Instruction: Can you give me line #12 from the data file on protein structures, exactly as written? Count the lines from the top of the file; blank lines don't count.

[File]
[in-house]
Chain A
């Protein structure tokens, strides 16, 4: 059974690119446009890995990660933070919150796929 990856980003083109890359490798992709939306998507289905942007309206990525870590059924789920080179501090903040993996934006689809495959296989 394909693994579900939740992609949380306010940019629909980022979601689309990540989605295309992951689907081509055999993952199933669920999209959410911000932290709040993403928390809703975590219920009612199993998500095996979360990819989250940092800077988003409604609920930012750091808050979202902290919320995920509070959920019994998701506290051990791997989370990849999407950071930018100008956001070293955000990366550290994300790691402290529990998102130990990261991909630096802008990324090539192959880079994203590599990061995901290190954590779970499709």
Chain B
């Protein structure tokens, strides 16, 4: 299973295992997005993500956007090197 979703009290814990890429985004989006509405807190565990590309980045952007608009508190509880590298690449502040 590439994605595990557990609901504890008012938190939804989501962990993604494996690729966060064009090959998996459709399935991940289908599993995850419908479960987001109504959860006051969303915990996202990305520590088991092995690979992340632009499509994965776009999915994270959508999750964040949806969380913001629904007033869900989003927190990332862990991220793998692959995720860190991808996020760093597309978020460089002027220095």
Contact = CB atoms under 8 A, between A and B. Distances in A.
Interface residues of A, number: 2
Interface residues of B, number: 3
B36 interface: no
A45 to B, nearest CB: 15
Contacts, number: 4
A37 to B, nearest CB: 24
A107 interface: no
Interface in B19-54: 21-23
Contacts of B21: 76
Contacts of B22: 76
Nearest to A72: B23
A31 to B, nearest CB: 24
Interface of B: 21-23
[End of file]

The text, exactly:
A37 to B, nearest CB: 24